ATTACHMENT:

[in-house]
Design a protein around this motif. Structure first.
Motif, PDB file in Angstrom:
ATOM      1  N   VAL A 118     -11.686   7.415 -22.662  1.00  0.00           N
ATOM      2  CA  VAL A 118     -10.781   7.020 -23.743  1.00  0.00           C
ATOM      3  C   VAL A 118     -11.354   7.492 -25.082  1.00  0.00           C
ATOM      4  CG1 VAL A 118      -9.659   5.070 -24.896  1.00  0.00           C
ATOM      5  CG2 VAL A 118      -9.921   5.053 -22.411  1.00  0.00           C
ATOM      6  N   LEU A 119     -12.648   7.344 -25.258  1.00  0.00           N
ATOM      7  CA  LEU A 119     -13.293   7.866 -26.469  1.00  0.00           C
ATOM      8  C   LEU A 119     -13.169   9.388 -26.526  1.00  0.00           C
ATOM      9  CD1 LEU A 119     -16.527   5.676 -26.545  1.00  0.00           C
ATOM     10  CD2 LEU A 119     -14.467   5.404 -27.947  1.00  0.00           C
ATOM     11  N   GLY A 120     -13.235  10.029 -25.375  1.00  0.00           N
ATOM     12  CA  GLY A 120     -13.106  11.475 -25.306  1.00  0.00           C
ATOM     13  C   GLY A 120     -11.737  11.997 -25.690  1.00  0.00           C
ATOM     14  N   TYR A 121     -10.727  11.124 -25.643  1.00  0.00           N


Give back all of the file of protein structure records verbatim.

[in-house]
Design a protein around this motif. Structure first.
Motif, PDB file in Angstrom:
ATOM      1  N   VAL A 118     -11.686   7.415 -22.662  1.00  0.00           N
ATOM      2  CA  VAL A 118     -10.781   7.020 -23.743  1.00  0.00           C
ATOM      3  C   VAL A 118     -11.354   7.492 -25.082  1.00  0.00           C
ATOM      4  CG1 VAL A 118      -9.659   5.070 -24.896  1.00  0.00           C
ATOM      5  CG2 VAL A 118      -9.921   5.053 -22.411  1.00  0.00           C
ATOM      6  N   LEU A 119     -12.648   7.344 -25.258  1.00  0.00           N
ATOM      7  CA  LEU A 119     -13.293   7.866 -26.469  1.00  0.00           C
ATOM      8  C   LEU A 119     -13.169   9.388 -26.526  1.00  0.00           C
ATOM      9  CD1 LEU A 119     -16.527   5.676 -26.545  1.00  0.00           C
ATOM     10  CD2 LEU A 119     -14.467   5.404 -27.947  1.00  0.00           C
ATOM     11  N   GLY A 120     -13.235  10.029 -25.375  1.00  0.00           N
ATOM     12  CA  GLY A 120     -13.106  11.475 -25.306  1.00  0.00           C
ATOM     13  C   GLY A 120     -11.737  11.997 -25.690  1.00  0.00           C
ATOM     14  N   TYR A 121     -10.727  11.124 -25.643  1.00  0.00           N